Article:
Exploring the power of Object Based Learning for Relationships and Sex Education


On Friday I had the honour of being invited to speak at University of Exeter about my experiences as a practitioner working on the Sex & History Project. (N.B. I co-wrote the FREE RSE lesson pack here and and lessons exploring gender and sexual diversity here for LGBT history month and beyond!)  Unfortunately due to the snow I had to Skype in and not be there in person to run a workshop, so I also wanted to summarise my thoughts in a blog post.

The topic I chose to talk about was The Power of ‘Object-Based Learning’ for Relationships and Sex Education.  For those of you who don’t know Object Based Learning is using an object (historical object/ 3D printed model or any physical solid 3D thing!) to spark a conversation and learn something new. (Or a more academic description: “Object-Based Learning (OBL) is a student-centred learning approach that uses objects to facilitate deep learning. Objects may take many forms, small or large, but the method typically involves students handling or working at close quarters with and interrogating physical artefacts.”. I first heard of it as a concept in a meeting with Melany Rose Education Manager at the British Museum. Then seeing the Ain Sakhri lovers on display there really bought it home to me the difference in learning between seeing the actual physical object is compared to learning from photo of the object (both have value but for some objects seeing them for yourselves gives a extra layer of understanding)

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3D Printed Uterus model

In Sex & History, we often have to use photographs of the objects rather than actual handling materials because these are rare museum pieces that are valuable and can’t be handled by a class of teenagers in case they are damaged! However, last year I was lucky enough to lead a teacher training workshop at Brighton and Hove Museum where they had a 3D printed Venus of Willendorf to handle alongside looking at actual objects from the museum’s collection. It was fascinating to watch the teachers engage with the piece in new and unexpected ways when physically able to handle the object rather than just look at it behind glass or in a photograph or image on a screen.  At Sex and History we are gathering a small collection of handling objects (such as examples similar to these erotic fruits)  and actively exploring 3D printing of replica objects in order to further utilise the opportunities and benefits of OBL.

For my workshop with practitioners and academics from UK and Germany I had been planning to provide a huge range of objects covered with a sheet and ask individuals to choose an object they were most interested in learning more about asking the questions: “what is it?” “how could it be used for relationships and sex education?” (whilst also making it very clear that any object chosen did not reflect anything personal about the participant choosing it!). Experiencing the value of object based learning for yourself is a powerful lesson in its value for sex education.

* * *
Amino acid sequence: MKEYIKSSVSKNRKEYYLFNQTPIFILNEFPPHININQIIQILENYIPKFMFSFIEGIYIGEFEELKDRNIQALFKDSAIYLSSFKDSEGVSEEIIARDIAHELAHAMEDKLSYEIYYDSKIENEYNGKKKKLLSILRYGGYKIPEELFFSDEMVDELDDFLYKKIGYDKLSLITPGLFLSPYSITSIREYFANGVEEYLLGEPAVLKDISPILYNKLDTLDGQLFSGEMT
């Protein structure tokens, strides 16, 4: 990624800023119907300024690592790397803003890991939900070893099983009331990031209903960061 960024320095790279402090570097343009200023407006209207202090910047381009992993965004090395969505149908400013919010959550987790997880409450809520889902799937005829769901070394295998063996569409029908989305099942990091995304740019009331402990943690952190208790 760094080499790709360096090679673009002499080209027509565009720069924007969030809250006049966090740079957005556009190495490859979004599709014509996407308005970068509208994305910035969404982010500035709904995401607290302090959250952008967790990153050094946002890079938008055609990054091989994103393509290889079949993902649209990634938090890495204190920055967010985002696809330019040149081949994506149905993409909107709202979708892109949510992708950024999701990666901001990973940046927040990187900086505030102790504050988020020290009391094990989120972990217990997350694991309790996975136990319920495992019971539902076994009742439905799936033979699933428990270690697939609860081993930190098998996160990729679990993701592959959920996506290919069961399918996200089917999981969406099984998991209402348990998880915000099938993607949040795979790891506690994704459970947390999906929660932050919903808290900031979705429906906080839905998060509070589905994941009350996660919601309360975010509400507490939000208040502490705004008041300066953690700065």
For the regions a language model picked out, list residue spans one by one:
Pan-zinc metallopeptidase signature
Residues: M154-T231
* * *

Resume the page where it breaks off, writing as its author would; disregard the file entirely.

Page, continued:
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Venus of Willendorf

Although this concept may seem foreign to many teachers of RSE I think that many RSE teachers are doing OBL all the time anyway without realising. Condoms demonstrations and passing around different methods of contraception to have a much closer look at all count as OBL! Being able to see, touch, feel, handle, move and rotate an object relating to relationships and sex education can create discussions and questions that you would never get without the physical object being present.

The benefits of object based learning (as well as possible objects to use) can be set out as follows:

  • Icebreakers– can help defuse tensions and create safer spaces by using certain objects like knitted uteruses/vulvas/penises/or cuddly STI toys.  Crocheted body parts have been used with particular success in Brighton and Hove with an RSE project for young unaccompanied asylum seekers in single sex groups (that I have been supporting in the background), as a way of kick starting safe fun conversations about their bodies.  These young people may come from cultures where such knowledge about their own bodies is sometimes seen as taboo and often not talked about, and cultural understandings of consent can be very different.  The benign fun nature of knitted or crocheted objects provide such a safe space to start having conversations which can then over time lead into trickier conversations such as Female Genital Mutilation (FGM).